The wort is then moved to the brew kettle, where hops are added and the liquid is concentrated through heating. Agitation ensures even distribution of temperature.
After the kettle, the wort passes through a strainer before entering the fermentation tank. Traditionally, the wort would sit in this tank for two weeks or longer, depending on the brewing process. Gentle agitation is used in modern times to keep the yeast suspended instead of settling, which increases the fermentation rate and improves cash flow.
After fermentation, the beer typically undergoes filtration. Precise mixing is required to achieve a uniform slurry when using a filter aid.
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Process Requirements for Winemaking
Winemaking involves the use of mixers at two or sometimes three stages of the process.
The first stage is the mixing of the grape must, which consists of grape juice, seeds, and skin resulting from crushing. Axial flow turbine mixers with a power of 3 to 5 hp/1,000 gallons are typically used for this purpose.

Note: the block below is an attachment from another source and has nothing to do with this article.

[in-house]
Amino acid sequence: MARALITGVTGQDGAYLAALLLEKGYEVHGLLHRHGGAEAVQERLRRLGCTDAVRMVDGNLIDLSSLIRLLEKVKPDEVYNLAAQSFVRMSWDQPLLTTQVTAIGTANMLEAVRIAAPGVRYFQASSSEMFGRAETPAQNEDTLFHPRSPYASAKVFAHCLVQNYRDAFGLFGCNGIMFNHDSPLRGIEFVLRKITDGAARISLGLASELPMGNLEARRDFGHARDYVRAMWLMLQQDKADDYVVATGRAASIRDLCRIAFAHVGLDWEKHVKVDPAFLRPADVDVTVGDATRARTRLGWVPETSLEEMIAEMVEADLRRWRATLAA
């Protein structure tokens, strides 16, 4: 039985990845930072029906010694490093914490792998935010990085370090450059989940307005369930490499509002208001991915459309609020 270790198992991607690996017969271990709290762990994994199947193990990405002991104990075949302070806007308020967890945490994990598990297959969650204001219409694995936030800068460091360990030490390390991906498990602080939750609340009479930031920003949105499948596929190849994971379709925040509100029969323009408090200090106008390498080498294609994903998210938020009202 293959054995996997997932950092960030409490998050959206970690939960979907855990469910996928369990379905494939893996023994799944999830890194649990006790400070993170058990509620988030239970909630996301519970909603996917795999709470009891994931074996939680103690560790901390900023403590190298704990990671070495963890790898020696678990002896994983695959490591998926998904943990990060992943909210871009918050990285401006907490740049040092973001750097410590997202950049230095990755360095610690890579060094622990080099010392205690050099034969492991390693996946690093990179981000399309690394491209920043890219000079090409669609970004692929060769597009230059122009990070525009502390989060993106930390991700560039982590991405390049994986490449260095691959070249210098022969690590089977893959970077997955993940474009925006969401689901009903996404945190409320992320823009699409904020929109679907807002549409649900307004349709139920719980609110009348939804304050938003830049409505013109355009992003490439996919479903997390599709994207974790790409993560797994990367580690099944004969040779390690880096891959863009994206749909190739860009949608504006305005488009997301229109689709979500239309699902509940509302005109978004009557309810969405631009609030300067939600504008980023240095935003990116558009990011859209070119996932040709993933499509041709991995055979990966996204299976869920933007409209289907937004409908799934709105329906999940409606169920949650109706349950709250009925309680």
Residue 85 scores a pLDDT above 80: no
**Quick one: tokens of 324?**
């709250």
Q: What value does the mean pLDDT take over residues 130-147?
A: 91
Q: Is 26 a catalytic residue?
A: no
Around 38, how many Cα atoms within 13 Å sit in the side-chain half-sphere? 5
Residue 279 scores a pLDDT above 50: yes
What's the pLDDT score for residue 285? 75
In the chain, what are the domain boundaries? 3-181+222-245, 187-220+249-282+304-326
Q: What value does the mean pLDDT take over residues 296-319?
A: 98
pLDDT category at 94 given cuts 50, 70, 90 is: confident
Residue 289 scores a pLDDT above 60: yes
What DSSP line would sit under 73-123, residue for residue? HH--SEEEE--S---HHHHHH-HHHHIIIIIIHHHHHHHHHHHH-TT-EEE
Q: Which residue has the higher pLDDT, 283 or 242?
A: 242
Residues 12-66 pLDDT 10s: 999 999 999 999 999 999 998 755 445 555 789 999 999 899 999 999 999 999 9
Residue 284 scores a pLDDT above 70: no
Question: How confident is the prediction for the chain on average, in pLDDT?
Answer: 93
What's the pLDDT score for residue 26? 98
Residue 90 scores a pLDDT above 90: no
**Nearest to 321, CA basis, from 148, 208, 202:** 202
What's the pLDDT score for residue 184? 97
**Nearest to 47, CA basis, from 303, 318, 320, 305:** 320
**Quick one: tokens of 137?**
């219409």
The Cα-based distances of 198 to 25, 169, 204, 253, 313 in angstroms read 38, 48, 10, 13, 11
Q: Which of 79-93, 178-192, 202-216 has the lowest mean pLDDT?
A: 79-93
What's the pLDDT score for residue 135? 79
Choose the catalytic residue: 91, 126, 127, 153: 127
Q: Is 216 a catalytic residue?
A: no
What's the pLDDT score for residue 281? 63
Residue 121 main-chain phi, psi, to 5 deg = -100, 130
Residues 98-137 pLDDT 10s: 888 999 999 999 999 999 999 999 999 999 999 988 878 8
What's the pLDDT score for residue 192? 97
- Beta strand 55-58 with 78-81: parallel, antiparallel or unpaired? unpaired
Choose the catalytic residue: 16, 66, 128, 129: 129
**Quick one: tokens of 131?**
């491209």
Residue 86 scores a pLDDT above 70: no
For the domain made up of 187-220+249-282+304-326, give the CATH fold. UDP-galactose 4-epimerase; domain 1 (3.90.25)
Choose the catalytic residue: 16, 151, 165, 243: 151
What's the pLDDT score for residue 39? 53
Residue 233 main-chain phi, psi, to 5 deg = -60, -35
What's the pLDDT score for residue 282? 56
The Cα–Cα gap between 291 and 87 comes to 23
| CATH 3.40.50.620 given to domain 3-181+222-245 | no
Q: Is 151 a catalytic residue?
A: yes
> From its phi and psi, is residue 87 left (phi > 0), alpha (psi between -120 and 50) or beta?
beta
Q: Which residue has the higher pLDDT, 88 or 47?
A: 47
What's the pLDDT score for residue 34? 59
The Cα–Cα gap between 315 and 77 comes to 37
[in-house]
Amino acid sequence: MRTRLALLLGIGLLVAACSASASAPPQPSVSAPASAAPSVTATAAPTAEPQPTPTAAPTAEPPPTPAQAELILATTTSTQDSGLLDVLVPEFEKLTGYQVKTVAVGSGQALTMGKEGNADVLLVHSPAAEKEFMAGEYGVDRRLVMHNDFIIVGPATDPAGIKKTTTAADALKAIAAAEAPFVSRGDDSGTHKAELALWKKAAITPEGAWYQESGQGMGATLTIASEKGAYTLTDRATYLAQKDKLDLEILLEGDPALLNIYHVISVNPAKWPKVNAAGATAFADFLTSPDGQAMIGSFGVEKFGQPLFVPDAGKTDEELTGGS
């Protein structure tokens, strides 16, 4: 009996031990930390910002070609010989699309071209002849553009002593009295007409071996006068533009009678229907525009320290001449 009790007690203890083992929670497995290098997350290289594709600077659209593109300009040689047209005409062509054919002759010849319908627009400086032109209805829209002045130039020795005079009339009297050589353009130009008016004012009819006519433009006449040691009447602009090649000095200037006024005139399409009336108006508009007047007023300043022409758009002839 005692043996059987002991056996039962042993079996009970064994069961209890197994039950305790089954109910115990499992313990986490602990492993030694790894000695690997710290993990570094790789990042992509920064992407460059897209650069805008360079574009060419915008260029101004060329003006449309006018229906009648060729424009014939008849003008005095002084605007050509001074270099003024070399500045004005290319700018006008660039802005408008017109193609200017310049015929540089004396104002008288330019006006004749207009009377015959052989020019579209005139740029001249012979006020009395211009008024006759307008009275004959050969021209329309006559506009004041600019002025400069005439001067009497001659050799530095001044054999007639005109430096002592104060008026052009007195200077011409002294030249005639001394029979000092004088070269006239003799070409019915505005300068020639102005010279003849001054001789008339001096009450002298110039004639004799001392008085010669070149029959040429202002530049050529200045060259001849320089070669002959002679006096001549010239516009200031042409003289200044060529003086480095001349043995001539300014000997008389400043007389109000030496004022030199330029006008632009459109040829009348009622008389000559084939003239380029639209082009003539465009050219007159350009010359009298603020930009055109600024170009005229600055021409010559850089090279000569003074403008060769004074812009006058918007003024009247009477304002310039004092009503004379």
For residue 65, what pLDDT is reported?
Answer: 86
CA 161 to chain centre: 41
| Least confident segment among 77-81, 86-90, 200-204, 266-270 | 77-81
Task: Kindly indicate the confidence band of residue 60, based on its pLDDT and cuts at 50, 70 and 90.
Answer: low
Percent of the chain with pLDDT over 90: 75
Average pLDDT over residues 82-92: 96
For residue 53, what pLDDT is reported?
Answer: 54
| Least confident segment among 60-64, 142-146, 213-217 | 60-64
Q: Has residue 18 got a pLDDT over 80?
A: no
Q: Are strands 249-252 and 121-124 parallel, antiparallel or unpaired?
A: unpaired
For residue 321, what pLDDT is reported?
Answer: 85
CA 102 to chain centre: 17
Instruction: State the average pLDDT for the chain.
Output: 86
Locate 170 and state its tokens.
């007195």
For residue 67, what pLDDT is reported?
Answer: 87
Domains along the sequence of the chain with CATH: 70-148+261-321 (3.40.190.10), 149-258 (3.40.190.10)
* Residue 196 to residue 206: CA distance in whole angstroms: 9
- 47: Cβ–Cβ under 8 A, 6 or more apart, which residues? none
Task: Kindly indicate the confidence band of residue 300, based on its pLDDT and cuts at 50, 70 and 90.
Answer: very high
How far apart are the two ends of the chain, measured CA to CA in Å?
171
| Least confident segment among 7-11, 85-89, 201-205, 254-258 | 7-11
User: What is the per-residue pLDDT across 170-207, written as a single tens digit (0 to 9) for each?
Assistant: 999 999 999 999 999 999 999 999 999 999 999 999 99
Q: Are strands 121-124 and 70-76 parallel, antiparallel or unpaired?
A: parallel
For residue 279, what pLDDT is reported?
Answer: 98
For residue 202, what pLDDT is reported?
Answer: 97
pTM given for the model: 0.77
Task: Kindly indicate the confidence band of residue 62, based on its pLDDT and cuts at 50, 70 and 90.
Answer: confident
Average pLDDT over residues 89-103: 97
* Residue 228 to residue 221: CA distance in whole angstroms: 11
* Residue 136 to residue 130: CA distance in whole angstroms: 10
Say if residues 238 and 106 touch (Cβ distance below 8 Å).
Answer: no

The must is then filtered, and the resulting juice is chilled before entering a fermenter makeup tank. In this tank, yeast and sugar are added, and mixing ensures thorough blending with the juice. An axial flow turbine-style mixer with a power of 0.25 to 0.33 hp/1,000 gallons is usually sufficient.
From the makeup tank, the juice moves to the fermentation vessel. While US winemakers typically allow the juice to sit without agitation, gentle agitation is common in Europe. This is typically achieved with a small mixer of 0.125 to 0.25 hp/1,000 gallons.
Mixers may also be used at other points during winemaking for blending syrups, preparing filter aids, and more.
Process Requirements for Distilling
The process of distilling spirits is similar to beer production. Some form of carbohydrate is cooked and mixed with grains and hops, followed by fermentation and aging.
Similar to brewing, controlled mixing and agitation are required during cooking and steeping. Fermenters are often agitated to keep the yeast suspended. The mixers and agitators used in distilling are typically the same as those used in brewing.